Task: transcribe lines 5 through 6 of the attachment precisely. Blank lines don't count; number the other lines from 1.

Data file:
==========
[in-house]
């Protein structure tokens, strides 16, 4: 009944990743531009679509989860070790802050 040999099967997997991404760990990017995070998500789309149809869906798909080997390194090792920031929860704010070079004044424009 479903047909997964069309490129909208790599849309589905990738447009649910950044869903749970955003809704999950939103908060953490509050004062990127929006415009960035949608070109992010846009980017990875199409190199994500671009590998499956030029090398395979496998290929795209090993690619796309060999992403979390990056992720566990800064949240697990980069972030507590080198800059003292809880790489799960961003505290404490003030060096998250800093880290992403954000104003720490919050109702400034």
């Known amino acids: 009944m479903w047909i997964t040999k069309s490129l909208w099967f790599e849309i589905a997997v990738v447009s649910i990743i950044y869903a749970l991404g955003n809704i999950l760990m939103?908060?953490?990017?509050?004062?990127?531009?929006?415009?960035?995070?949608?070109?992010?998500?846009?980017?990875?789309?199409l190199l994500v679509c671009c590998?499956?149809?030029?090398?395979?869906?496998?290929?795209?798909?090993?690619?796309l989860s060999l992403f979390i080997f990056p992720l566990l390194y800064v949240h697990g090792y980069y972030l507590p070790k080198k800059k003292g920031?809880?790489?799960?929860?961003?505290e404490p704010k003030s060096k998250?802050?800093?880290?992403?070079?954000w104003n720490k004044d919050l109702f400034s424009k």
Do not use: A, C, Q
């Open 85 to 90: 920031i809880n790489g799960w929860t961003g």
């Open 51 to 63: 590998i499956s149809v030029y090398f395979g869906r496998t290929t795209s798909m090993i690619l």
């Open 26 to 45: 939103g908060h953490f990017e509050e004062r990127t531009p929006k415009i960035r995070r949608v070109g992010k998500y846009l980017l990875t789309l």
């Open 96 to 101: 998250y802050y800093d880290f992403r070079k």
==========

């Open 85 to 90: 920031i809880n790489g799960w929860t961003g």
């Open 51 to 63: 590998i499956s149809v030029y090398f395979g869906r496998t290929t795209s798909m090993i690619l």